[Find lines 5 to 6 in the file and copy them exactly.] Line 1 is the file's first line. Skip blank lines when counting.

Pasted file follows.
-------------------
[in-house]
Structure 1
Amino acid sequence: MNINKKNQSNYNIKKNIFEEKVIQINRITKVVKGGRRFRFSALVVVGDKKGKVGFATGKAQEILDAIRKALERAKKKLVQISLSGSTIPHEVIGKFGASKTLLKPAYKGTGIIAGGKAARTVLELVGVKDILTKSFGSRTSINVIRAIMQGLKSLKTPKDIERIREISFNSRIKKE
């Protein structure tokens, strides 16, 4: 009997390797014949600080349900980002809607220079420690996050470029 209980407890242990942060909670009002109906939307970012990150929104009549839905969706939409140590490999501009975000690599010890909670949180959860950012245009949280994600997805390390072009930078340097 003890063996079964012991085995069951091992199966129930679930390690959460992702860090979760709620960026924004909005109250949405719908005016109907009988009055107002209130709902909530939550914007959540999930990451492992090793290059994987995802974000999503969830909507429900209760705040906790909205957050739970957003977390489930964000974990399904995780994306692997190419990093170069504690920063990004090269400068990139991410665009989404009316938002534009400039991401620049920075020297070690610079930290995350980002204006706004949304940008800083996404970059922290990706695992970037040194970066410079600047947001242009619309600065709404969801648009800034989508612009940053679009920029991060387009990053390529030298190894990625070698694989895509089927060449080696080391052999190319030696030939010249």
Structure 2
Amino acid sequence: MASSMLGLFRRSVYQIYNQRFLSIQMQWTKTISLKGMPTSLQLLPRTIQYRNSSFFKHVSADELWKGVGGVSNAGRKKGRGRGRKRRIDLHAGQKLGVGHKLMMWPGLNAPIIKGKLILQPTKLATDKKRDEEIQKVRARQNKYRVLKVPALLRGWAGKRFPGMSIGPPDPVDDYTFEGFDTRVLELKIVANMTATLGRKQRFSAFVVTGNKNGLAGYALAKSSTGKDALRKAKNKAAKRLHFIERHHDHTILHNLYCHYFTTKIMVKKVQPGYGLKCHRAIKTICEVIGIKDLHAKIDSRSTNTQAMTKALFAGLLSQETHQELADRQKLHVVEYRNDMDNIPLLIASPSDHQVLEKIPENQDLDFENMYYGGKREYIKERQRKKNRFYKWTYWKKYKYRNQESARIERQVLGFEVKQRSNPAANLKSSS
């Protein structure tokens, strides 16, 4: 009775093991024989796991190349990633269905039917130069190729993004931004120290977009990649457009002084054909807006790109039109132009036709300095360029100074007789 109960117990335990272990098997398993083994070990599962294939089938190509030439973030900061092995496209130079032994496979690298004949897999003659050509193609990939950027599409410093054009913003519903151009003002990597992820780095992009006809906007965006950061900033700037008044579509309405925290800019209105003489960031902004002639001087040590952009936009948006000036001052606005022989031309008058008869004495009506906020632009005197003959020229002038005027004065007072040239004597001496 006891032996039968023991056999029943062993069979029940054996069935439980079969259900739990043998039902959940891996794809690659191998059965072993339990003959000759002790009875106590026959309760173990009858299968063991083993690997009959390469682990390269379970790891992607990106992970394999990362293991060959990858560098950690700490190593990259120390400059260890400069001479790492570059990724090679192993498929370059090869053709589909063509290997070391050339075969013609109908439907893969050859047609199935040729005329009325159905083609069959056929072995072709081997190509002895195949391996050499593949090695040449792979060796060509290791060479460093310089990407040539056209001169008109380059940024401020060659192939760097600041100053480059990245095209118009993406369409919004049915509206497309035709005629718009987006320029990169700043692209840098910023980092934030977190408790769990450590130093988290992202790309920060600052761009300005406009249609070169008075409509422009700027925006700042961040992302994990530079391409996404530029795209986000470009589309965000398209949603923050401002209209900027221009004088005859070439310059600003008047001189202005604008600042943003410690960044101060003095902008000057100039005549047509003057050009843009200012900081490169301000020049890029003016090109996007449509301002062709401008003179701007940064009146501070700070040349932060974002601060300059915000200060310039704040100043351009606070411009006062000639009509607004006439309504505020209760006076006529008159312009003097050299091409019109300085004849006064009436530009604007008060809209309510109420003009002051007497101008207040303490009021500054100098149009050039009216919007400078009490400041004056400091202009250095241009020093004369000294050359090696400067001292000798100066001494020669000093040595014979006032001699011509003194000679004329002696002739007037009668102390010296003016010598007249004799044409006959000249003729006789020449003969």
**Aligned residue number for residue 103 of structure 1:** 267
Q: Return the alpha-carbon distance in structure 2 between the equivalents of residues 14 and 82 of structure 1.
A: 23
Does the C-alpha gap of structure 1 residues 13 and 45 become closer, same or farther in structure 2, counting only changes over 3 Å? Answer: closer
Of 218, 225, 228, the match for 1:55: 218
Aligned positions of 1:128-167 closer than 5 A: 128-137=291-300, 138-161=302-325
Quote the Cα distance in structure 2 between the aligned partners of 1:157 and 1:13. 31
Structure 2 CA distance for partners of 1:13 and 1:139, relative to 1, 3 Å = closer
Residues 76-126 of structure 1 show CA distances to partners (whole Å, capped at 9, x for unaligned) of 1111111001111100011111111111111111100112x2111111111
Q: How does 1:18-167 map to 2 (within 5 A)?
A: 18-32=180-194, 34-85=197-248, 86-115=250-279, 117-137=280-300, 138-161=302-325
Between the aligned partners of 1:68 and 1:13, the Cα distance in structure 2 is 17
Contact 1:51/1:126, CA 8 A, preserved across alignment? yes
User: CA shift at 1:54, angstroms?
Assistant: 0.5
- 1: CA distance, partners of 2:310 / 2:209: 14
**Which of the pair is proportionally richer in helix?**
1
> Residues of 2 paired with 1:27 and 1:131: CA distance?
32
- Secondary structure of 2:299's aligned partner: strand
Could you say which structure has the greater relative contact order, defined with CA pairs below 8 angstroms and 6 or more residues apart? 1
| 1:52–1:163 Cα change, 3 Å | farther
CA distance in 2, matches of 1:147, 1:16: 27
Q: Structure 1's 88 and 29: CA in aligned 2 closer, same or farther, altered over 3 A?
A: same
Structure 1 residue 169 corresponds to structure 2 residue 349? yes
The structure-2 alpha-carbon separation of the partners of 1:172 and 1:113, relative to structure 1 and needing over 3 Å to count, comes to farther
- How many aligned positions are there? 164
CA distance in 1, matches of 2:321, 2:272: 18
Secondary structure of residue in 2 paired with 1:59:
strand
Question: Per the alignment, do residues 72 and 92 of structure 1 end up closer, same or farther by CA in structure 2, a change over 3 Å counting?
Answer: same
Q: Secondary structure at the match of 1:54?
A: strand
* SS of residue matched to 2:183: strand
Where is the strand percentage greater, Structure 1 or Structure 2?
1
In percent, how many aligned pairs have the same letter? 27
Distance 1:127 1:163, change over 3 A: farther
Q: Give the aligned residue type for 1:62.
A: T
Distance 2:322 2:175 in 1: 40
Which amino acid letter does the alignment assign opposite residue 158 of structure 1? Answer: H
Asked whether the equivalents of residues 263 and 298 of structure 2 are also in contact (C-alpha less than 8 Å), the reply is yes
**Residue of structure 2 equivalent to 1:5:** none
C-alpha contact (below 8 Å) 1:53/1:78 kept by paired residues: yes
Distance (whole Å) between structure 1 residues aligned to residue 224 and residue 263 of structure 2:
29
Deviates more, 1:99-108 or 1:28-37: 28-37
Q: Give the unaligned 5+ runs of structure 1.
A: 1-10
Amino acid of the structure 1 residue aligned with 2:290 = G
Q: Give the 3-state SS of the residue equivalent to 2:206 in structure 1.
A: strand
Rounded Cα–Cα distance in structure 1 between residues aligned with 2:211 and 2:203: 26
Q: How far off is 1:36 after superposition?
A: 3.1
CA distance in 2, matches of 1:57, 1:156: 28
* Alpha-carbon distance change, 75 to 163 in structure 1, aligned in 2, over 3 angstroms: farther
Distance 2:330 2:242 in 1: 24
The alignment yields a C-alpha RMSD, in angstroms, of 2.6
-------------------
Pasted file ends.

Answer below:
Structure 2
Amino acid sequence: MASSMLGLFRRSVYQIYNQRFLSIQMQWTKTISLKGMPTSLQLLPRTIQYRNSSFFKHVSADELWKGVGGVSNAGRKKGRGRGRKRRIDLHAGQKLGVGHKLMMWPGLNAPIIKGKLILQPTKLATDKKRDEEIQKVRARQNKYRVLKVPALLRGWAGKRFPGMSIGPPDPVDDYTFEGFDTRVLELKIVANMTATLGRKQRFSAFVVTGNKNGLAGYALAKSSTGKDALRKAKNKAAKRLHFIERHHDHTILHNLYCHYFTTKIMVKKVQPGYGLKCHRAIKTICEVIGIKDLHAKIDSRSTNTQAMTKALFAGLLSQETHQELADRQKLHVVEYRNDMDNIPLLIASPSDHQVLEKIPENQDLDFENMYYGGKREYIKERQRKKNRFYKWTYWKKYKYRNQESARIERQVLGFEVKQRSNPAANLKSSS